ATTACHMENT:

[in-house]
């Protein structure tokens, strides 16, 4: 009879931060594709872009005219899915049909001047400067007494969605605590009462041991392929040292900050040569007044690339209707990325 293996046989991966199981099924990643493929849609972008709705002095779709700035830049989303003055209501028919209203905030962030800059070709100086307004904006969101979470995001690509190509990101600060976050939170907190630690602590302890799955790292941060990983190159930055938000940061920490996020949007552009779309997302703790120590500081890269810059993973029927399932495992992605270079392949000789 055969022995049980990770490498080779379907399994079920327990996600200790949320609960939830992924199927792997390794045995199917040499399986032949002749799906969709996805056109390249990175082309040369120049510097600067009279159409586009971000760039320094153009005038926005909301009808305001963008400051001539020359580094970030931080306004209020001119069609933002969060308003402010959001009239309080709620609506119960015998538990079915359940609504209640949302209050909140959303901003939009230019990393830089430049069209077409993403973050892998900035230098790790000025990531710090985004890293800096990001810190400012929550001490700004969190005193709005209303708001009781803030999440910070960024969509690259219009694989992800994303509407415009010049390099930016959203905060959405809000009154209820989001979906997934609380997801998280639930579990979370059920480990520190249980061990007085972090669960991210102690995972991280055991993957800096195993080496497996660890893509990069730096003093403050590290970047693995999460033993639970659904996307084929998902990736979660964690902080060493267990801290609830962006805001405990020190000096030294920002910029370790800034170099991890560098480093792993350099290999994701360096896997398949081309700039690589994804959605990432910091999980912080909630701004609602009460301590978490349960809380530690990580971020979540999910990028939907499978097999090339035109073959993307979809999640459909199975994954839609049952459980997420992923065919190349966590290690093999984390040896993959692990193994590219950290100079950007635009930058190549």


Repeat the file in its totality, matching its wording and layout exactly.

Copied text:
[in-house]
């Protein structure tokens, strides 16, 4: 009879931060594709872009005219899915049909001047400067007494969605605590009462041991392929040292900050040569007044690339209707990325 293996046989991966199981099924990643493929849609972008709705002095779709700035830049989303003055209501028919209203905030962030800059070709100086307004904006969101979470995001690509190509990101600060976050939170907190630690602590302890799955790292941060990983190159930055938000940061920490996020949007552009779309997302703790120590500081890269810059993973029927399932495992992605270079392949000789 055969022995049980990770490498080779379907399994079920327990996600200790949320609960939830992924199927792997390794045995199917040499399986032949002749799906969709996805056109390249990175082309040369120049510097600067009279159409586009971000760039320094153009005038926005909301009808305001963008400051001539020359580094970030931080306004209020001119069609933002969060308003402010959001009239309080709620609506119960015998538990079915359940609504209640949302209050909140959303901003939009230019990393830089430049069209077409993403973050892998900035230098790790000025990531710090985004890293800096990001810190400012929550001490700004969190005193709005209303708001009781803030999440910070960024969509690259219009694989992800994303509407415009010049390099930016959203905060959405809000009154209820989001979906997934609380997801998280639930579990979370059920480990520190249980061990007085972090669960991210102690995972991280055991993957800096195993080496497996660890893509990069730096003093403050590290970047693995999460033993639970659904996307084929998902990736979660964690902080060493267990801290609830962006805001405990020190000096030294920002910029370790800034170099991890560098480093792993350099290999994701360096896997398949081309700039690589994804959605990432910091999980912080909630701004609602009460301590978490349960809380530690990580971020979540999910990028939907499978097999090339035109073959993307979809999640459909199975994954839609049952459980997420992923065919190349966590290690093999984390040896993959692990193994590219950290100079950007635009930058190549």